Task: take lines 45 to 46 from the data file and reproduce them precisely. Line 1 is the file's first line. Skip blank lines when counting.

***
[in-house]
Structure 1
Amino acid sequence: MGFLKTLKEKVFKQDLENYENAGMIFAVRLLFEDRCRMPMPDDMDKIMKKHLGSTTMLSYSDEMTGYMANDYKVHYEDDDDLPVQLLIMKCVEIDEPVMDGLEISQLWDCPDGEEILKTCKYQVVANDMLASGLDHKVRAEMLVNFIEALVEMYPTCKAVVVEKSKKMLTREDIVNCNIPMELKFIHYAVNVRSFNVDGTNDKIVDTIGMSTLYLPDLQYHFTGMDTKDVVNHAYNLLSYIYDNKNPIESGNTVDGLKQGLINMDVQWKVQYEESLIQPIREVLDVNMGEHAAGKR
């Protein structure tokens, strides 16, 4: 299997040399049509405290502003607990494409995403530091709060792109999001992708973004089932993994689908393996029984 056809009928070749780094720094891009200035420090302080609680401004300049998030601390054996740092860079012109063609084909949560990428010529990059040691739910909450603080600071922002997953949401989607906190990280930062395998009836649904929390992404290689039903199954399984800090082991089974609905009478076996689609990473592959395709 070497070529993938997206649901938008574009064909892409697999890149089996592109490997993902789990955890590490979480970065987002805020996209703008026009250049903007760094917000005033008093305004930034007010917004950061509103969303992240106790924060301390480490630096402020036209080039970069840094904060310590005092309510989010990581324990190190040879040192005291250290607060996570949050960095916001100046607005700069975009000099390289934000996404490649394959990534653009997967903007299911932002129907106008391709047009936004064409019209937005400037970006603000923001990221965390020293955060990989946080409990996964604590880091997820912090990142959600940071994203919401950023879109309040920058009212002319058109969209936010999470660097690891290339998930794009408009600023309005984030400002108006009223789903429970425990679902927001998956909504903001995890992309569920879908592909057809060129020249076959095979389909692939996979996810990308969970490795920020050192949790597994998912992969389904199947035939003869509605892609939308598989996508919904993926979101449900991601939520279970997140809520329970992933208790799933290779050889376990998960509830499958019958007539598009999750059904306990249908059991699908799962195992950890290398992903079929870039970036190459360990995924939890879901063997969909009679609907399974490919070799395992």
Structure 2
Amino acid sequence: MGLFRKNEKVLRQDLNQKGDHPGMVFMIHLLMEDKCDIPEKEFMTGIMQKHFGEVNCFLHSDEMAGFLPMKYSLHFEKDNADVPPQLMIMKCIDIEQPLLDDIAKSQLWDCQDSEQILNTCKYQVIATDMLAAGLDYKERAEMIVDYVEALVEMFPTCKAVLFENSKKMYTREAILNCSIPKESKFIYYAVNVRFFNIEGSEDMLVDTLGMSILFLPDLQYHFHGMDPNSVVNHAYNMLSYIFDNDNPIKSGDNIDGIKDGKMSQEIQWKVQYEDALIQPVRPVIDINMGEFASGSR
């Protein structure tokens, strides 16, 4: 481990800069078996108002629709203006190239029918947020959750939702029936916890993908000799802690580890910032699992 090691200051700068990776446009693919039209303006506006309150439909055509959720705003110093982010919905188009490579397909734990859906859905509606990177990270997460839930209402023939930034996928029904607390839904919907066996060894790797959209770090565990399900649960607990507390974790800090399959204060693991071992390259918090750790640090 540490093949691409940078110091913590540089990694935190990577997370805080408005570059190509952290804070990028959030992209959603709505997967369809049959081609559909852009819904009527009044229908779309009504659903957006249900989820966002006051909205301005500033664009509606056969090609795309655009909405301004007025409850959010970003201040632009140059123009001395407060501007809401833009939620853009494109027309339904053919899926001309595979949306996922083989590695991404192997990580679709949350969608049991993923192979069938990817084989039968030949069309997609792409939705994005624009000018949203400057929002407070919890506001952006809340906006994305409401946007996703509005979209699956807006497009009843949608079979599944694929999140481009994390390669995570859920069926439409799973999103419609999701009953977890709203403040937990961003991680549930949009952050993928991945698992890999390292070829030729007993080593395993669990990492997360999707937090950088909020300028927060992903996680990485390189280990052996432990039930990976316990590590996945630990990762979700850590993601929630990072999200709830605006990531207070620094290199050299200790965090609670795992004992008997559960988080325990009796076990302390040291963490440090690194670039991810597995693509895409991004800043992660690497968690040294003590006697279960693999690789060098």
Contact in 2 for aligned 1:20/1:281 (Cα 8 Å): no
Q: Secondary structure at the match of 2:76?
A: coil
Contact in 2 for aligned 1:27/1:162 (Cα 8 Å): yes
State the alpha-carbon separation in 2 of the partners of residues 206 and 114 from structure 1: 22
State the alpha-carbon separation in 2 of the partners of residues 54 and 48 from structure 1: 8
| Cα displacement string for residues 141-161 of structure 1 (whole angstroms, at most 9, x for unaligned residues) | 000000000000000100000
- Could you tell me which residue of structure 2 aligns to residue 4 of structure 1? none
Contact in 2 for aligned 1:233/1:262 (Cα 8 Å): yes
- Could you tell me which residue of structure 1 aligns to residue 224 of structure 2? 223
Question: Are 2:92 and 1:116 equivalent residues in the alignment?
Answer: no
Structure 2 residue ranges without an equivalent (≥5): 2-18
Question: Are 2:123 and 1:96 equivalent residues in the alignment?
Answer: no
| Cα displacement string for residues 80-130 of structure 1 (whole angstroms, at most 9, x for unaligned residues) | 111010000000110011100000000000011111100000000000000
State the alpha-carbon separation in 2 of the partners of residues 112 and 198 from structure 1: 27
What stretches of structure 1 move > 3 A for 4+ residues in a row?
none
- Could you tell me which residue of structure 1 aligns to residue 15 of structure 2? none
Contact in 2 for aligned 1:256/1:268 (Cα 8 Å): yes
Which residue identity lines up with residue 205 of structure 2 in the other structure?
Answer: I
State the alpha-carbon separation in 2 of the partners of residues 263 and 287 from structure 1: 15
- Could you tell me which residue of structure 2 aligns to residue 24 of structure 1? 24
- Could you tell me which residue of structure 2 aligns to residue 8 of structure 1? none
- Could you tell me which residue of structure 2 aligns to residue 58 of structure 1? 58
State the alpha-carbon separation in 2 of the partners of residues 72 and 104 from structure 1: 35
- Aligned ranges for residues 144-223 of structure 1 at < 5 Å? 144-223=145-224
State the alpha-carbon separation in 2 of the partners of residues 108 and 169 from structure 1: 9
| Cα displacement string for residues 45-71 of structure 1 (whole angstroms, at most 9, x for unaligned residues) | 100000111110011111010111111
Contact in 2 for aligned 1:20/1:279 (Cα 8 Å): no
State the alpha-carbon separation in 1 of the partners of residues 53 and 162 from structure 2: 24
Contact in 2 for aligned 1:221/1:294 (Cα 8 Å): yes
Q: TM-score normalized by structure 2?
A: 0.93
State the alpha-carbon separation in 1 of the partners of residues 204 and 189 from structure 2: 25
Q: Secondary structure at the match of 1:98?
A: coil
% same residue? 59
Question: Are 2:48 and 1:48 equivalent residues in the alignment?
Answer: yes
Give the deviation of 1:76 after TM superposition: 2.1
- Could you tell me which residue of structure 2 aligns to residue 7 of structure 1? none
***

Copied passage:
Q: Secondary structure at the match of 1:98?
A: coil